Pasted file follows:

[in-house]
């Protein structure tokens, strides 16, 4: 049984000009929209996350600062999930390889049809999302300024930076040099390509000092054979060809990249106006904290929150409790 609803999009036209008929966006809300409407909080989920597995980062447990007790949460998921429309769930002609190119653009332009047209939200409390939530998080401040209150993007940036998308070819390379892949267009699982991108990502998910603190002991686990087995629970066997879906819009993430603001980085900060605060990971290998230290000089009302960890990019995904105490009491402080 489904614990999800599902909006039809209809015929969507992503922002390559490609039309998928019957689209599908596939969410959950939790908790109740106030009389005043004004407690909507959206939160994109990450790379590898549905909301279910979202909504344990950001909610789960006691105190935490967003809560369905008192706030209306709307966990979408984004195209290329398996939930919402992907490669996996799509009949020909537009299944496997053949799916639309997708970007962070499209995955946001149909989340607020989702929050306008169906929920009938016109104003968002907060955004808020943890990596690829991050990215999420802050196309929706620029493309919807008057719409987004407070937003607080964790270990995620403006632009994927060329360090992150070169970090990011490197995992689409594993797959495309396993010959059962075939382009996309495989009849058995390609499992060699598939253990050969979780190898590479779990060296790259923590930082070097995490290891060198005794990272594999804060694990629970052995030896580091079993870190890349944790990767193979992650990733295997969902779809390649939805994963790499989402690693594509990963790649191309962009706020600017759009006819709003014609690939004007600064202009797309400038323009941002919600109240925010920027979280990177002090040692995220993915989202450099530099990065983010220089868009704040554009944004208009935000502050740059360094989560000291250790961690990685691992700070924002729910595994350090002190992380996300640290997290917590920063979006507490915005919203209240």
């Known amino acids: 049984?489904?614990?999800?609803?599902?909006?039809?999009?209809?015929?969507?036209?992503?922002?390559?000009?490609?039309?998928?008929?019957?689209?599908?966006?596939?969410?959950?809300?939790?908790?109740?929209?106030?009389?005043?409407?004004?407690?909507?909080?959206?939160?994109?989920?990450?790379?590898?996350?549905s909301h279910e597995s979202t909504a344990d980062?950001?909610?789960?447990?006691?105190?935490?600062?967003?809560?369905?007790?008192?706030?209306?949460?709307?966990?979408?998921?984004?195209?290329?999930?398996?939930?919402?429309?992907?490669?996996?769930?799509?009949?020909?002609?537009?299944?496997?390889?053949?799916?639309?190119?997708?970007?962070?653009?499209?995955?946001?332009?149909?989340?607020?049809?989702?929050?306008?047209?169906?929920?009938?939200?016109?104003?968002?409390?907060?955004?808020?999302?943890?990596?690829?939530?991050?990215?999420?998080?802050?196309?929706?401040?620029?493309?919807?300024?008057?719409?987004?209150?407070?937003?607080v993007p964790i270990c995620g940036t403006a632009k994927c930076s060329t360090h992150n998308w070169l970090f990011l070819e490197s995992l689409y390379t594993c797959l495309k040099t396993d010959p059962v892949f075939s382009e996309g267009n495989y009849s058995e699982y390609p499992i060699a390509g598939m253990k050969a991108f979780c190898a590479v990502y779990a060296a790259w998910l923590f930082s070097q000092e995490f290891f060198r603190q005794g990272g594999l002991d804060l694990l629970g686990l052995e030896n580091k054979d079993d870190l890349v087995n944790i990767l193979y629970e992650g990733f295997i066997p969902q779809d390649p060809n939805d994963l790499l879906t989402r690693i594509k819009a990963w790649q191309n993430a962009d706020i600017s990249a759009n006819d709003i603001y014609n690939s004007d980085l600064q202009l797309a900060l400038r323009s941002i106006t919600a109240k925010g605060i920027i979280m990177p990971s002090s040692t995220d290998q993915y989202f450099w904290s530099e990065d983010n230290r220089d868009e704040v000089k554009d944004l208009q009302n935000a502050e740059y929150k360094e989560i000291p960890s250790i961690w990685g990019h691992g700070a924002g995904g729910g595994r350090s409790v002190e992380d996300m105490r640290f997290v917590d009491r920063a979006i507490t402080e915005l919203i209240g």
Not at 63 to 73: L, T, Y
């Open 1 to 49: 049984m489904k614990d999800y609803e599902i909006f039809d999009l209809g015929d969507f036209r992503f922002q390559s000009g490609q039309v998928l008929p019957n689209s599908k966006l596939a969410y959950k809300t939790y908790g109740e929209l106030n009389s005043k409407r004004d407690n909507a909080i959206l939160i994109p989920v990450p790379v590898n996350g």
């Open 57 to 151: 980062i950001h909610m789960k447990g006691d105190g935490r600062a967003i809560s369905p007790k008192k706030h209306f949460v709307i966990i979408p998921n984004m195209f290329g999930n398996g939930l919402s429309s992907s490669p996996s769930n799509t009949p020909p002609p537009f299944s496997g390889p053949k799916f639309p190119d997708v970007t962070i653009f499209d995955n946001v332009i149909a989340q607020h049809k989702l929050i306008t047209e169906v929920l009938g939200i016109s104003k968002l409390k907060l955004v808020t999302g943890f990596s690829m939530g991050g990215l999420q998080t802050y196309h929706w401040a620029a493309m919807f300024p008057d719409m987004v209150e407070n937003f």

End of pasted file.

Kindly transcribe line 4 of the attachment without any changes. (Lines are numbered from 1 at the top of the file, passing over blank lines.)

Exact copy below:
Not at 63 to 73: L, T, Y